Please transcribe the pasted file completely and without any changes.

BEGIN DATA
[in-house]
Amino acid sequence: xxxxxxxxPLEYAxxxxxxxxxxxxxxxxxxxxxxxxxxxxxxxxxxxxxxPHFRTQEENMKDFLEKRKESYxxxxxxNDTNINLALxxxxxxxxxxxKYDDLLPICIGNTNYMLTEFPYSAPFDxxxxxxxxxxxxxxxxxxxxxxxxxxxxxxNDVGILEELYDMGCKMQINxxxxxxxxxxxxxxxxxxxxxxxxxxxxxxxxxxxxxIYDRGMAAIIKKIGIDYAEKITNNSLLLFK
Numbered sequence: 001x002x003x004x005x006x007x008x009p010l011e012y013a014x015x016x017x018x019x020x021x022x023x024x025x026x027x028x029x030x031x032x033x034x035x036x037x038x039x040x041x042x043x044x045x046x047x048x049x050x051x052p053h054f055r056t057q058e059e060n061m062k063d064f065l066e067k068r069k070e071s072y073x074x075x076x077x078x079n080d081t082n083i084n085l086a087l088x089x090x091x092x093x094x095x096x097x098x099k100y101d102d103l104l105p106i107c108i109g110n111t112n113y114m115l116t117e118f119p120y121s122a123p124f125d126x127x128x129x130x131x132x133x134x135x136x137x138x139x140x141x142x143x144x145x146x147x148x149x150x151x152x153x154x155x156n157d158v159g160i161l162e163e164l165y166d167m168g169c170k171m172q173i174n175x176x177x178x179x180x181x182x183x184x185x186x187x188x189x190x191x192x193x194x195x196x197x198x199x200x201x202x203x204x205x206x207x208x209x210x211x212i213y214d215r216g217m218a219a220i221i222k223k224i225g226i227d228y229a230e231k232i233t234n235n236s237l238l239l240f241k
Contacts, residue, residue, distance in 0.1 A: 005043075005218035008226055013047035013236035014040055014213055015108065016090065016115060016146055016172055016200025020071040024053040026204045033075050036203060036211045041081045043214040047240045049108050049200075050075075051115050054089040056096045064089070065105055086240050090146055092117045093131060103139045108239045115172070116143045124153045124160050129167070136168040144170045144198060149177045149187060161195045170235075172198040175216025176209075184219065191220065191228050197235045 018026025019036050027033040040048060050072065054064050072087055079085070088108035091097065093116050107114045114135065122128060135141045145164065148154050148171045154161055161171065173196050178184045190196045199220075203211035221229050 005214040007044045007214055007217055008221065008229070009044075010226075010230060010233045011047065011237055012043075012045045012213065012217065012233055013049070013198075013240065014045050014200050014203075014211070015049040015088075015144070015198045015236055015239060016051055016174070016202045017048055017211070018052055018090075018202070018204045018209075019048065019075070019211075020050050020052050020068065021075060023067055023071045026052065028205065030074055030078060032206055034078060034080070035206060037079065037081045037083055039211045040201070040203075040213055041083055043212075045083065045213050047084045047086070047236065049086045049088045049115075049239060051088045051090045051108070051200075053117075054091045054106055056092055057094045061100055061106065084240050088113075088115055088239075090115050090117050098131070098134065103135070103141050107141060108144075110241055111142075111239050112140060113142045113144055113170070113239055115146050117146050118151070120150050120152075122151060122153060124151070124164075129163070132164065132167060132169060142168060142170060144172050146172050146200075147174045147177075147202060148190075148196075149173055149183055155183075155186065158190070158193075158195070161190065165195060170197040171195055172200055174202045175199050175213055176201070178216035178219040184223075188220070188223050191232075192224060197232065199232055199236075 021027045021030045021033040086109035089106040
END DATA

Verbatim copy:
[in-house]
Amino acid sequence: xxxxxxxxPLEYAxxxxxxxxxxxxxxxxxxxxxxxxxxxxxxxxxxxxxxPHFRTQEENMKDFLEKRKESYxxxxxxNDTNINLALxxxxxxxxxxxKYDDLLPICIGNTNYMLTEFPYSAPFDxxxxxxxxxxxxxxxxxxxxxxxxxxxxxxNDVGILEELYDMGCKMQINxxxxxxxxxxxxxxxxxxxxxxxxxxxxxxxxxxxxxIYDRGMAAIIKKIGIDYAEKITNNSLLLFK
Numbered sequence: 001x002x003x004x005x006x007x008x009p010l011e012y013a014x015x016x017x018x019x020x021x022x023x024x025x026x027x028x029x030x031x032x033x034x035x036x037x038x039x040x041x042x043x044x045x046x047x048x049x050x051x052p053h054f055r056t057q058e059e060n061m062k063d064f065l066e067k068r069k070e071s072y073x074x075x076x077x078x079n080d081t082n083i084n085l086a087l088x089x090x091x092x093x094x095x096x097x098x099k100y101d102d103l104l105p106i107c108i109g110n111t112n113y114m115l116t117e118f119p120y121s122a123p124f125d126x127x128x129x130x131x132x133x134x135x136x137x138x139x140x141x142x143x144x145x146x147x148x149x150x151x152x153x154x155x156n157d158v159g160i161l162e163e164l165y166d167m168g169c170k171m172q173i174n175x176x177x178x179x180x181x182x183x184x185x186x187x188x189x190x191x192x193x194x195x196x197x198x199x200x201x202x203x204x205x206x207x208x209x210x211x212i213y214d215r216g217m218a219a220i221i222k223k224i225g226i227d228y229a230e231k232i233t234n235n236s237l238l239l240f241k
Contacts, residue, residue, distance in 0.1 A: 005043075005218035008226055013047035013236035014040055014213055015108065016090065016115060016146055016172055016200025020071040024053040026204045033075050036203060036211045041081045043214040047240045049108050049200075050075075051115050054089040056096045064089070065105055086240050090146055092117045093131060103139045108239045115172070116143045124153045124160050129167070136168040144170045144198060149177045149187060161195045170235075172198040175216025176209075184219065191220065191228050197235045 018026025019036050027033040040048060050072065054064050072087055079085070088108035091097065093116050107114045114135065122128060135141045145164065148154050148171045154161055161171065173196050178184045190196045199220075203211035221229050 005214040007044045007214055007217055008221065008229070009044075010226075010230060010233045011047065011237055012043075012045045012213065012217065012233055013049070013198075013240065014045050014200050014203075014211070015049040015088075015144070015198045015236055015239060016051055016174070016202045017048055017211070018052055018090075018202070018204045018209075019048065019075070019211075020050050020052050020068065021075060023067055023071045026052065028205065030074055030078060032206055034078060034080070035206060037079065037081045037083055039211045040201070040203075040213055041083055043212075045083065045213050047084045047086070047236065049086045049088045049115075049239060051088045051090045051108070051200075053117075054091045054106055056092055057094045061100055061106065084240050088113075088115055088239075090115050090117050098131070098134065103135070103141050107141060108144075110241055111142075111239050112140060113142045113144055113170070113239055115146050117146050118151070120150050120152075122151060122153060124151070124164075129163070132164065132167060132169060142168060142170060144172050146172050146200075147174045147177075147202060148190075148196075149173055149183055155183075155186065158190070158193075158195070161190065165195060170197040171195055172200055174202045175199050175213055176201070178216035178219040184223075188220070188223050191232075192224060197232065199232055199236075 021027045021030045021033040086109035089106040